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The application will be available on:
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- <http://localhost:4000/rare-dev> for RARe (runs with: `yarn start:rare` or simply `yarn start`)
- <http://localhost:4100/wheatis-dev> for WheatIS (runs with: `yarn start:wheatis`)
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- <http://localhost:4200/data-discovery-dev> for DataDiscovery (runs with: `yarn start:data-discovery`)
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See [./frontend/package.json (scripts section)](./frontend/package.json) for other yarn commands.
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## Build

To build the app, just run:

    ./gradlew assemble
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or

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    ./gradlew assemble -Papp=wheatis
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which is a shortcut for


   ./gradlew assemble -Papp=wheatis && java -jar path/to/wheatis.jar

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This will build a standalone jar at `backend/build/libs/`, that you can run with either:
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    java -jar backend/build/libs/rare.jar
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    java -jar backend/build/libs/wheatis.jar
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    java -jar backend/build/libs/data-discovery.jar
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And the full app running on:
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- <http://localhost:8080/rare-dev>
- <http://localhost:8180/wheatis-dev>
- <http://localhost:8280/data-discovery-dev>
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## CI

The `.gitlab-ci.yml` file describes how Gitlab is running the CI jobs.

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It uses a base docker image named `urgi/docker-browsers`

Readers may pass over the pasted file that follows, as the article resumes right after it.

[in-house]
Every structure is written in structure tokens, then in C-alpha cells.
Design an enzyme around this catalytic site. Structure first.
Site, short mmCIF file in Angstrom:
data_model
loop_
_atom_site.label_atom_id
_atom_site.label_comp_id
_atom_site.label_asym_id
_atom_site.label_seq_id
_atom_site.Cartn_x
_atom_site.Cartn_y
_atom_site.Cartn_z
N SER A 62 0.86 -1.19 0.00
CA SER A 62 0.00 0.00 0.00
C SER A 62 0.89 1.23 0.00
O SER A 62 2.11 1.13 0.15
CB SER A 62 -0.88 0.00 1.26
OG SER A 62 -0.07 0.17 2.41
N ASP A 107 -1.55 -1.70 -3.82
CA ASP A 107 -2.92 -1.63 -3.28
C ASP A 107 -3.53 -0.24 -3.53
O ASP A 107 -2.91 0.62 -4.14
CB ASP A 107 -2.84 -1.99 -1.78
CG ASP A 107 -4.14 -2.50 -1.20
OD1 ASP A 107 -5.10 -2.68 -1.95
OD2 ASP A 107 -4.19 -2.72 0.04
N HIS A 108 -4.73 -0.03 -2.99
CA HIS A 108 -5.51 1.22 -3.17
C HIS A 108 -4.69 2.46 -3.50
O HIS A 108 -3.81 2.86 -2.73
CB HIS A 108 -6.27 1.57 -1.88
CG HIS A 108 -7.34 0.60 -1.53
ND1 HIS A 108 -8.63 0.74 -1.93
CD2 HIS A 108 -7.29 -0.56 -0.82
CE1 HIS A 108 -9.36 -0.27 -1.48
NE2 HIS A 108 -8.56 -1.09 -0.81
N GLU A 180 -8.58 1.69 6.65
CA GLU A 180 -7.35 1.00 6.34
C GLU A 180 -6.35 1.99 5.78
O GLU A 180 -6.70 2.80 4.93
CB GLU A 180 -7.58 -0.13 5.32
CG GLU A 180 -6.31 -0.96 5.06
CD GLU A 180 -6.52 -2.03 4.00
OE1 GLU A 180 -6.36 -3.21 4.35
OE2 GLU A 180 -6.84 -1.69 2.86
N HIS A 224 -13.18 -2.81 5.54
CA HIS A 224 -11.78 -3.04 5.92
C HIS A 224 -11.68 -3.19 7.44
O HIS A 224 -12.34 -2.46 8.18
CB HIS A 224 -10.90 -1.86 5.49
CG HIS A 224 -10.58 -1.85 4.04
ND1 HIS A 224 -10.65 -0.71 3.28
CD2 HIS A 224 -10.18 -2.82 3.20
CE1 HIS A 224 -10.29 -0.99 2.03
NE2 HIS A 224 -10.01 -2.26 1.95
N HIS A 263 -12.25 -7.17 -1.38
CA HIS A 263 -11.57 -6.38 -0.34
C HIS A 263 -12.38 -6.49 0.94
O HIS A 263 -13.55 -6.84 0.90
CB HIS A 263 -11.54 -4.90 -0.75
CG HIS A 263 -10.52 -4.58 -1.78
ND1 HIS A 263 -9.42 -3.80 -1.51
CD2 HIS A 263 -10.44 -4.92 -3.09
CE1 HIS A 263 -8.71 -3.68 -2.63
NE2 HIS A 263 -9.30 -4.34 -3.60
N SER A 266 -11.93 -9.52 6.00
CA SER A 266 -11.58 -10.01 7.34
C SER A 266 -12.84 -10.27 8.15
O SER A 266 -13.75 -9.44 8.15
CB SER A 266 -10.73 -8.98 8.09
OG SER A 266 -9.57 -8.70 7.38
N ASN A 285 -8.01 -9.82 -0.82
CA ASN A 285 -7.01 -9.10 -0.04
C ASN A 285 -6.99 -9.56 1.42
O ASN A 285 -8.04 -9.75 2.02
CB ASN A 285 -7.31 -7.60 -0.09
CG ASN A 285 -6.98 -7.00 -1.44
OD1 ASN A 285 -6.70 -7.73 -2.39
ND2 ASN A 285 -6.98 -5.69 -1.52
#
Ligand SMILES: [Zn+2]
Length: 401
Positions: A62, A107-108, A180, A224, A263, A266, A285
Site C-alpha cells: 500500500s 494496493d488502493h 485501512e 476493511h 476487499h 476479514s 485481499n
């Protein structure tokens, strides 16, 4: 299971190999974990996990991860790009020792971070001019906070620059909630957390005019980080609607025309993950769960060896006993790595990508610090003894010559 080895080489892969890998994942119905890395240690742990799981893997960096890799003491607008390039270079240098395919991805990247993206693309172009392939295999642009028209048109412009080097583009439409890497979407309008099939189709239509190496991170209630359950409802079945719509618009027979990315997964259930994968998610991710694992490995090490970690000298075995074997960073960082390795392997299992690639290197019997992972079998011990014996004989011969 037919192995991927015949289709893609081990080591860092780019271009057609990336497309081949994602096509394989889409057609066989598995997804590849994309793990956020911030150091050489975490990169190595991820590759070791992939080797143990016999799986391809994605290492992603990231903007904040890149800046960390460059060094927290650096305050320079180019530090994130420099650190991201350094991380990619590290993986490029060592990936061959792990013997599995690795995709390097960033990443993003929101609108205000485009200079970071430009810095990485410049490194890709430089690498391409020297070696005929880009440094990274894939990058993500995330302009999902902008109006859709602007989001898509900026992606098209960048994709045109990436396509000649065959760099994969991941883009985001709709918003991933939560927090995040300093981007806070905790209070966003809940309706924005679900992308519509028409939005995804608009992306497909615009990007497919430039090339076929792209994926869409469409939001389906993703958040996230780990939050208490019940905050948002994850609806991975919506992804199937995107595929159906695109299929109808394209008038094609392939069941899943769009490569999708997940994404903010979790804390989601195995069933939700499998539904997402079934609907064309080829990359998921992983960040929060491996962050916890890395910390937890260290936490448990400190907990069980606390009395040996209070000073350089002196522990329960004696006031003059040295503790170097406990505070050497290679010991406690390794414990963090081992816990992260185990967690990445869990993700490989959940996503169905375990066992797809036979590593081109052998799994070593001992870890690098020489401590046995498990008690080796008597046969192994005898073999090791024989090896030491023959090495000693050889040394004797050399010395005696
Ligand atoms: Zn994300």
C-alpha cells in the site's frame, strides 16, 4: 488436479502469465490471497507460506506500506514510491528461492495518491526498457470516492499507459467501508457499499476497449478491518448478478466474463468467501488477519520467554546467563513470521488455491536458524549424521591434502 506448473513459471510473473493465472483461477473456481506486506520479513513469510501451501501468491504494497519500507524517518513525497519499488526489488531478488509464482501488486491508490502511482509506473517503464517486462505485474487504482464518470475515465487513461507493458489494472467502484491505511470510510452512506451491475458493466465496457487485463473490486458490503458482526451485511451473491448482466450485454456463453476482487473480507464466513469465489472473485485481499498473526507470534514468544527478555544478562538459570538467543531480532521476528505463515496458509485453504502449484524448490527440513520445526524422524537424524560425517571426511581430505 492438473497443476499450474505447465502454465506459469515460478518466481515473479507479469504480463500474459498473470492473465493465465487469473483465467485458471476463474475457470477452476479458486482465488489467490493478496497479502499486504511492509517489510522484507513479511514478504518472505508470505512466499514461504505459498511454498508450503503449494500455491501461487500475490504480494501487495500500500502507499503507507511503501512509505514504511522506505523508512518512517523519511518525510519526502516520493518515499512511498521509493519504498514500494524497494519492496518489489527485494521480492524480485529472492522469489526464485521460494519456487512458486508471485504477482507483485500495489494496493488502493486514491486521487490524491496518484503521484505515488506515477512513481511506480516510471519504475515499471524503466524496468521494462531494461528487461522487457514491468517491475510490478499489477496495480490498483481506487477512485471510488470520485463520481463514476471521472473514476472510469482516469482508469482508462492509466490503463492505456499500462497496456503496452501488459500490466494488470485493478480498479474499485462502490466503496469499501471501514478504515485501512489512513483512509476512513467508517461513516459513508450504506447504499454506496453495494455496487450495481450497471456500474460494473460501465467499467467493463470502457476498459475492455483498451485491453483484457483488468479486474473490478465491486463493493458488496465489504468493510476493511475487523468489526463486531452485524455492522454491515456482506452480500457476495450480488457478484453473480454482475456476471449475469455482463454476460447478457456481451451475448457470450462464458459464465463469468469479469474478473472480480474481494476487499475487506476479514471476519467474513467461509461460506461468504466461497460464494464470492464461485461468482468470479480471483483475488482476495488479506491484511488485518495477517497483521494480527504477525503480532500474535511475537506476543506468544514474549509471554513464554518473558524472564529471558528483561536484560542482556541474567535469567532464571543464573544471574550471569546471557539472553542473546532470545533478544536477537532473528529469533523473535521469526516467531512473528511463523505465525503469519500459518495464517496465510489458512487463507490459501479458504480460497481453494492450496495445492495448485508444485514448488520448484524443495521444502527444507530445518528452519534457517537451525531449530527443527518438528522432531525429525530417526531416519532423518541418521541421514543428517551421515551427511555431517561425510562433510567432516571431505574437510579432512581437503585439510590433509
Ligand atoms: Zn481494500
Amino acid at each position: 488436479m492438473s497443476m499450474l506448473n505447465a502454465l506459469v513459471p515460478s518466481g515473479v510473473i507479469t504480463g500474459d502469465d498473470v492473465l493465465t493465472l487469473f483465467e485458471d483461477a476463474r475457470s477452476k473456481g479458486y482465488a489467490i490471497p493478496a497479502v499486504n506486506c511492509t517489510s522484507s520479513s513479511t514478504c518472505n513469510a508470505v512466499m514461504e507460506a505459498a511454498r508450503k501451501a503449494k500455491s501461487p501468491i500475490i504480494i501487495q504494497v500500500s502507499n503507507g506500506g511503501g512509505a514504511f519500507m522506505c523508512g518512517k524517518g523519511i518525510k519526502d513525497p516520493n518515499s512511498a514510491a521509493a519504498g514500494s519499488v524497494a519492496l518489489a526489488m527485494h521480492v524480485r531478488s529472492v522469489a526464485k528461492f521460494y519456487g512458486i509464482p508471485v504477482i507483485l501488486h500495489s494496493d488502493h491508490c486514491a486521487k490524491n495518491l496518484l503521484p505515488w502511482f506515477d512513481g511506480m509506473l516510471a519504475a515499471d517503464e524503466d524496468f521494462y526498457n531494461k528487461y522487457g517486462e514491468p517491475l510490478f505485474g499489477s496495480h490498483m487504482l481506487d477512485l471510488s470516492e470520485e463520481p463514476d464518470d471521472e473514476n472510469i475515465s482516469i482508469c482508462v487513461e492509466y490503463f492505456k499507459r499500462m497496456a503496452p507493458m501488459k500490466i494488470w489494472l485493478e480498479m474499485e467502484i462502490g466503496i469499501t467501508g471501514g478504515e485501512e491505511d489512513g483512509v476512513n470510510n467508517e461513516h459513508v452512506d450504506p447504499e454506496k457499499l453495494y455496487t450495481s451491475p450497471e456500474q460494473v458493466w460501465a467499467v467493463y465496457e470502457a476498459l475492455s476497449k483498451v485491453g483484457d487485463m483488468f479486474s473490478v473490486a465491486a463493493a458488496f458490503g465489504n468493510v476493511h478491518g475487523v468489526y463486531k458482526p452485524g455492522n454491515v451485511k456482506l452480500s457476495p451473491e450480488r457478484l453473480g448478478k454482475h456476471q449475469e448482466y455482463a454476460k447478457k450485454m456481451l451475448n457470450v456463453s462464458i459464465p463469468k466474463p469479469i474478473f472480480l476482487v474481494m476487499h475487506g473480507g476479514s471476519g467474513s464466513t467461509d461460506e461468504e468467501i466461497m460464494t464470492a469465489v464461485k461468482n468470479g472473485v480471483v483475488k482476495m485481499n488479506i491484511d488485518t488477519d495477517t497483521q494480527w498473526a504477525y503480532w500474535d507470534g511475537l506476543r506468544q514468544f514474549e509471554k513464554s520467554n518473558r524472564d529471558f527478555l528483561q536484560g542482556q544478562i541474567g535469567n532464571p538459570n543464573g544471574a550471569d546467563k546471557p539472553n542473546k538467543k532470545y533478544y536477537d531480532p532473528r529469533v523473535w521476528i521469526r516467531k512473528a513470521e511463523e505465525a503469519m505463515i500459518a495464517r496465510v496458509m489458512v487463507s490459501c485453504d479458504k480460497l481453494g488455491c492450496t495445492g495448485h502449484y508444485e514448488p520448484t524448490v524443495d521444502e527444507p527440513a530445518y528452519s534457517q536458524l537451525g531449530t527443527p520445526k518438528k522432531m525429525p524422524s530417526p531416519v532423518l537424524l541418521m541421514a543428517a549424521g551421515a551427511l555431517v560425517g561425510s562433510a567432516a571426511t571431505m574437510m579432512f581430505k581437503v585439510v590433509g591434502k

available on [DockerHub](https://hub.docker.com/r/urgi/docker-browsers/)
and [INRA-MIA Gitlab](https://forgemia.inra.fr/urgi-is/docker-rare).
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The image is based on `openjdk:8` and adds all stuff needed to run the tests
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(ie. a Chrome binary with a headless Chrome in `--no-sandbox` mode).
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We install `node` and `yarn` in `/tmp` (this is not the case for local builds)
to avoid symbolic links issues on Docker.

You can approximate what runs on CI by executing:

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    docker run --rm -v "$PWD":/home/rare -w /home/rare urgi/docker-browsers ./gradlew build
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Or also run a gitlab-runner as Gitlab-CI would do (minus the environment variables and caching system):

    gitlab-runner exec docker test

## Documentation

An API documentation describing most of the webservices can be generated using the
build task `asciidoctor`, which executes tests and generates documentation based on snippets generated
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by these tests. The documentation is generated in the folder `backend/build/asciidoc/html5/index.html`
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    ./gradlew asciidoctor